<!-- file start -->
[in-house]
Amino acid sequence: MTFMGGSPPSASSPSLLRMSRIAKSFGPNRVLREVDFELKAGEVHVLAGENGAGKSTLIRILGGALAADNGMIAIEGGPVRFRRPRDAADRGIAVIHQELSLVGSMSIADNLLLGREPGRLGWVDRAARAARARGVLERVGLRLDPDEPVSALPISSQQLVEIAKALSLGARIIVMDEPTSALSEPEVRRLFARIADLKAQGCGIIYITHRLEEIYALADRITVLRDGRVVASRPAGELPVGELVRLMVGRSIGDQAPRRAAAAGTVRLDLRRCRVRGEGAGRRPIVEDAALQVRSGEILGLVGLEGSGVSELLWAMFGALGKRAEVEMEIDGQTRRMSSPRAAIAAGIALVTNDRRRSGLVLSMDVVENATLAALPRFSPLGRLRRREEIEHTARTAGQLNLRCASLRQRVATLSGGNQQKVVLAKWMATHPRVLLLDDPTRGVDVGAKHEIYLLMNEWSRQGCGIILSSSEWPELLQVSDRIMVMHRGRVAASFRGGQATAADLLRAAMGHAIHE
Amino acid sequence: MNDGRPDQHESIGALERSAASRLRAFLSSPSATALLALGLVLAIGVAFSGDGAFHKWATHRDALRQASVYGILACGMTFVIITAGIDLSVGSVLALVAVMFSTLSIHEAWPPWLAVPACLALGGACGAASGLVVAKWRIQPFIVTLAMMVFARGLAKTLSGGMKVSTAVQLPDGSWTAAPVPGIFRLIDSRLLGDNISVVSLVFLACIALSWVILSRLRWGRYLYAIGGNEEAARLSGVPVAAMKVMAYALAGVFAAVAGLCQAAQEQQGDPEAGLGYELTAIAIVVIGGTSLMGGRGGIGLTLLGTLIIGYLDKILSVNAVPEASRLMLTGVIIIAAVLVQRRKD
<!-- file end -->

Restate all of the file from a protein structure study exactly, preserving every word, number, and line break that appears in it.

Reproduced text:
[in-house]
Amino acid sequence: MTFMGGSPPSASSPSLLRMSRIAKSFGPNRVLREVDFELKAGEVHVLAGENGAGKSTLIRILGGALAADNGMIAIEGGPVRFRRPRDAADRGIAVIHQELSLVGSMSIADNLLLGREPGRLGWVDRAARAARARGVLERVGLRLDPDEPVSALPISSQQLVEIAKALSLGARIIVMDEPTSALSEPEVRRLFARIADLKAQGCGIIYITHRLEEIYALADRITVLRDGRVVASRPAGELPVGELVRLMVGRSIGDQAPRRAAAAGTVRLDLRRCRVRGEGAGRRPIVEDAALQVRSGEILGLVGLEGSGVSELLWAMFGALGKRAEVEMEIDGQTRRMSSPRAAIAAGIALVTNDRRRSGLVLSMDVVENATLAALPRFSPLGRLRRREEIEHTARTAGQLNLRCASLRQRVATLSGGNQQKVVLAKWMATHPRVLLLDDPTRGVDVGAKHEIYLLMNEWSRQGCGIILSSSEWPELLQVSDRIMVMHRGRVAASFRGGQATAADLLRAAMGHAIHE
Amino acid sequence: MNDGRPDQHESIGALERSAASRLRAFLSSPSATALLALGLVLAIGVAFSGDGAFHKWATHRDALRQASVYGILACGMTFVIITAGIDLSVGSVLALVAVMFSTLSIHEAWPPWLAVPACLALGGACGAASGLVVAKWRIQPFIVTLAMMVFARGLAKTLSGGMKVSTAVQLPDGSWTAAPVPGIFRLIDSRLLGDNISVVSLVFLACIALSWVILSRLRWGRYLYAIGGNEEAARLSGVPVAAMKVMAYALAGVFAAVAGLCQAAQEQQGDPEAGLGYELTAIAIVVIGGTSLMGGRGGIGLTLLGTLIIGYLDKILSVNAVPEASRLMLTGVIIIAAVLVQRRKD